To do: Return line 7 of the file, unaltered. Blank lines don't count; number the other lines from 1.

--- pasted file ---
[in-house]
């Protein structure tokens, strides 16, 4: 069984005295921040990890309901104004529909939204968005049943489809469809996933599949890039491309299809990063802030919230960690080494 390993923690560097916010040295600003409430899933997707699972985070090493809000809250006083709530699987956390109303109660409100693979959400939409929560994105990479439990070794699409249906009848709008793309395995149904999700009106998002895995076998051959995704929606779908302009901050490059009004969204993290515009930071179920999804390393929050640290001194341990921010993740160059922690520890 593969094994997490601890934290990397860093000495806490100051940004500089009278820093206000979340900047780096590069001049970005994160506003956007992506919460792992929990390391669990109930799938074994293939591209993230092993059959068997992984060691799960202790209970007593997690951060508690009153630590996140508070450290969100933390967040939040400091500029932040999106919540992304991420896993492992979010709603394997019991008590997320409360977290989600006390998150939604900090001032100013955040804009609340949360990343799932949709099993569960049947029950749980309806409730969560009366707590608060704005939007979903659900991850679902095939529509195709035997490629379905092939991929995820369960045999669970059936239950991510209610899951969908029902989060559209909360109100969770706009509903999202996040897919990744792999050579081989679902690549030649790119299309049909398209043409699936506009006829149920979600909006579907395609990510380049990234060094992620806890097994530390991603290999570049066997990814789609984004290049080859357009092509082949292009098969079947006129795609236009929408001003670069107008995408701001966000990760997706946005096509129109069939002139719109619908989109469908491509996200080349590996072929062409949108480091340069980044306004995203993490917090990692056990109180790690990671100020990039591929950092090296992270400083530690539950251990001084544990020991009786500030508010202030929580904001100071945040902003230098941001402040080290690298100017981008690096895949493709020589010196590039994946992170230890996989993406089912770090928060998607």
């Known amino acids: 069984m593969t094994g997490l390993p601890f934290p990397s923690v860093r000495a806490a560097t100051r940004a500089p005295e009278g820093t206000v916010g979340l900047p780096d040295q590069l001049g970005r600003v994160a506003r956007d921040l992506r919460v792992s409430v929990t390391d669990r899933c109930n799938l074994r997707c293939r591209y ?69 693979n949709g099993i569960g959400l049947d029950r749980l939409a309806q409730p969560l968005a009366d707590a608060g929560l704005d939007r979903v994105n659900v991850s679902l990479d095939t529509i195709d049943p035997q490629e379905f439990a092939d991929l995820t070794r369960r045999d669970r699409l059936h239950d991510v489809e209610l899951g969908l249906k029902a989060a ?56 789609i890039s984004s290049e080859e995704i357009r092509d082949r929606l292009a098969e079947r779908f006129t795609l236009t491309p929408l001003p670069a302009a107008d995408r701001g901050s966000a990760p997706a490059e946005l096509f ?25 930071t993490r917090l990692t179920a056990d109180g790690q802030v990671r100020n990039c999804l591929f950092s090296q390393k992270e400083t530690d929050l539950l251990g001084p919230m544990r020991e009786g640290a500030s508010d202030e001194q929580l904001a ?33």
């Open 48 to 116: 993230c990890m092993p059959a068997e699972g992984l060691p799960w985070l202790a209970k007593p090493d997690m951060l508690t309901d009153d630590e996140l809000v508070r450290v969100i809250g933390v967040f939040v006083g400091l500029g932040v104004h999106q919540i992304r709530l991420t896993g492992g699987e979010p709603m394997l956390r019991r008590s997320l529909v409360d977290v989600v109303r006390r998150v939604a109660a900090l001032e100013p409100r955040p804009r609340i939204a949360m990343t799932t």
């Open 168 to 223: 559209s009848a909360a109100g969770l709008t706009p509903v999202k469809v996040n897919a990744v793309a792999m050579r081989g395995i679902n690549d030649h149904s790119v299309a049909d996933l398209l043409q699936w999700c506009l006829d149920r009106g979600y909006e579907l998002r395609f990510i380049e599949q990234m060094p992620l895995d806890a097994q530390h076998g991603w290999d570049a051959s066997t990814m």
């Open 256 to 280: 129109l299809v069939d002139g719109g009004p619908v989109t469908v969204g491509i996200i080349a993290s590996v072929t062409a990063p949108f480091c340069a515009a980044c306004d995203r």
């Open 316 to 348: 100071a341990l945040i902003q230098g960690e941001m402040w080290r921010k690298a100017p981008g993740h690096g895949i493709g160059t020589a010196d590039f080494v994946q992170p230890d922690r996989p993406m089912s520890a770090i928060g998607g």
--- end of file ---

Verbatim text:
């Open 316 to 348: 100071a341990l945040i902003q230098g960690e941001m402040w080290r921010k690298a100017p981008g993740h690096g895949i493709g160059t020589a010196d590039f080494v994946q992170p230890d922690r996989p993406m089912s520890a770090i928060g998607g």